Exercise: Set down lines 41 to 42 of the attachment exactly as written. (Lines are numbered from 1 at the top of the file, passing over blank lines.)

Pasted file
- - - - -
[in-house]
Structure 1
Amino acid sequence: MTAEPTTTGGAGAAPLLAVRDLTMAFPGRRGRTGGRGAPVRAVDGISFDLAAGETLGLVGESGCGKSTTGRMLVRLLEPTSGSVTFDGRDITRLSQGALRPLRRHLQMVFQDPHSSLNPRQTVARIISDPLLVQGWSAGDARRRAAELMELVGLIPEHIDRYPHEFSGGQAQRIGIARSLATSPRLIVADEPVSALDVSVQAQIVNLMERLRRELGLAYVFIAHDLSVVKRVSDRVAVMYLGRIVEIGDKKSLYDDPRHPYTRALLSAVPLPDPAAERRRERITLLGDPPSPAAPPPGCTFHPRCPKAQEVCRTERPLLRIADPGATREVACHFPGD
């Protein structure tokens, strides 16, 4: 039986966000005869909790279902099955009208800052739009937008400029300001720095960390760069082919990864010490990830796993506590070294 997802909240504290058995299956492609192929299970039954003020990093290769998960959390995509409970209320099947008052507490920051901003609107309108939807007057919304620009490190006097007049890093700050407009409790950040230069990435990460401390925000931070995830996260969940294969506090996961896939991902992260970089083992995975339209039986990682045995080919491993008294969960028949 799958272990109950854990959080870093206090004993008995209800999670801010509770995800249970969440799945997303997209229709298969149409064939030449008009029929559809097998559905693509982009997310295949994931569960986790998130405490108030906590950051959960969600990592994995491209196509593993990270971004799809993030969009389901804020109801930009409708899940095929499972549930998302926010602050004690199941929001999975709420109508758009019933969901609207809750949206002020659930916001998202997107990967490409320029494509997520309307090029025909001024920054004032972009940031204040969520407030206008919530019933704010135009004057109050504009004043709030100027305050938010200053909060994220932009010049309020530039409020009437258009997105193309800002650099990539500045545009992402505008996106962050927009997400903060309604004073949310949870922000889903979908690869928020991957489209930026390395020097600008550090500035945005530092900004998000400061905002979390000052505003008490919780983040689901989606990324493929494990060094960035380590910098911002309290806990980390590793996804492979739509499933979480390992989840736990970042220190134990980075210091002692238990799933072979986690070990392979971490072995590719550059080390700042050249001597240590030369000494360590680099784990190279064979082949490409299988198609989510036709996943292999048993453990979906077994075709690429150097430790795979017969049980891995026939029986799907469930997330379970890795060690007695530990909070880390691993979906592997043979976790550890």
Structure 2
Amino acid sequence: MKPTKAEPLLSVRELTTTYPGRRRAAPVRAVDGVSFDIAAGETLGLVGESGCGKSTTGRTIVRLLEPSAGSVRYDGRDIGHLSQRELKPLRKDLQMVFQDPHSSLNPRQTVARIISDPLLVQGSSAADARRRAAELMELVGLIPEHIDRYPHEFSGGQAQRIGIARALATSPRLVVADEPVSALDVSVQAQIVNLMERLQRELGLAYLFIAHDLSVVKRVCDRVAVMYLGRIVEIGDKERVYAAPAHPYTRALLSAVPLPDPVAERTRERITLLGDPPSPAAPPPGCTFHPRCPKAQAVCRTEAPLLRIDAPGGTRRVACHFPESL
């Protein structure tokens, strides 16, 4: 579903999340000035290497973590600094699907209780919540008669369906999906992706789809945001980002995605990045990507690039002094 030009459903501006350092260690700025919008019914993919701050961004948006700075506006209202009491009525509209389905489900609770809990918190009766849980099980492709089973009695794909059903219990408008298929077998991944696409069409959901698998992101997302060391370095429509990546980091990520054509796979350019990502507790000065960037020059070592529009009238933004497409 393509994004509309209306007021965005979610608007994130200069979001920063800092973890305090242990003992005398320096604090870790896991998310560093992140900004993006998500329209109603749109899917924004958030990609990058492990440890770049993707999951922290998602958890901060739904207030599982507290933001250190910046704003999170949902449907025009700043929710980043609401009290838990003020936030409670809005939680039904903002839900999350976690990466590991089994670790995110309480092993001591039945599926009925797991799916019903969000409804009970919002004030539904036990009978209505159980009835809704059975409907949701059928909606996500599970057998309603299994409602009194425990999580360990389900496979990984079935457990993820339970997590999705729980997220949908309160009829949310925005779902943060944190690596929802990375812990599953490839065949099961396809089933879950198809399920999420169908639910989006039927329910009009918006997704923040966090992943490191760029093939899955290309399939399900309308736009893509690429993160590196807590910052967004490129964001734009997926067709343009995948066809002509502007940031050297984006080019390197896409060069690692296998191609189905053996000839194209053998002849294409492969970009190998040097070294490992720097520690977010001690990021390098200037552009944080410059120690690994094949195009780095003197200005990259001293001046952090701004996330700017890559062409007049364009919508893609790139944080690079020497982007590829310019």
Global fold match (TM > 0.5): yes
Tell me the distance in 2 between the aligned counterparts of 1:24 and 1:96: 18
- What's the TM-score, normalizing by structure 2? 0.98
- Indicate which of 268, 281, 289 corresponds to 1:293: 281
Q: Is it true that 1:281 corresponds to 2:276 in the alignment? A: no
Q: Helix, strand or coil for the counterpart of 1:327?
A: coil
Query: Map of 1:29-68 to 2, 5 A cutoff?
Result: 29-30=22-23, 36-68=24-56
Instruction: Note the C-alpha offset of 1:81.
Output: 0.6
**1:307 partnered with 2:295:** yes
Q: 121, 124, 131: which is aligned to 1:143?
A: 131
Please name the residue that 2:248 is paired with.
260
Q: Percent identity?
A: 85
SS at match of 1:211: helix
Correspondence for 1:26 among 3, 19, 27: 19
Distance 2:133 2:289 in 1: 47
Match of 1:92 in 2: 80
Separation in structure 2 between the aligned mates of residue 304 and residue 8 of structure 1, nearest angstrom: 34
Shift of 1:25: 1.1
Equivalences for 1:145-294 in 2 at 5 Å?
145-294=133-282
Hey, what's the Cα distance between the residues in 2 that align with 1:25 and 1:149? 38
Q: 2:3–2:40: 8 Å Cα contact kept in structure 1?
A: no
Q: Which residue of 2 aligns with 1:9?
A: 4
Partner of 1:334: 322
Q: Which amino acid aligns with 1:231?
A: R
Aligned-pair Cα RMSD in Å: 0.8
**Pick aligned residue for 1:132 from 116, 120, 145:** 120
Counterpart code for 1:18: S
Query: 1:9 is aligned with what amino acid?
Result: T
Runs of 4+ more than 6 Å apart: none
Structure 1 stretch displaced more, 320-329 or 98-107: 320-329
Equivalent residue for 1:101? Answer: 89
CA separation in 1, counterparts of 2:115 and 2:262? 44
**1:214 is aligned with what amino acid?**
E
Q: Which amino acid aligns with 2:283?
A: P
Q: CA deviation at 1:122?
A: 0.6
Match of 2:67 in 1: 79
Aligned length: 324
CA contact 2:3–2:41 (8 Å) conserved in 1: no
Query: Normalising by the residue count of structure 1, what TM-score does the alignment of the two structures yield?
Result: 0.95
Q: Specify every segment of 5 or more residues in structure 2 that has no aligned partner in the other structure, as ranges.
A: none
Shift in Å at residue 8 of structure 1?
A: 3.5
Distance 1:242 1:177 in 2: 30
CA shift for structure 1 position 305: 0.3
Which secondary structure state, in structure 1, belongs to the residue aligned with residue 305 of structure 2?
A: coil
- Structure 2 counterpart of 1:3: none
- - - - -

A: R
Aligned-pair Cα RMSD in Å: 0.8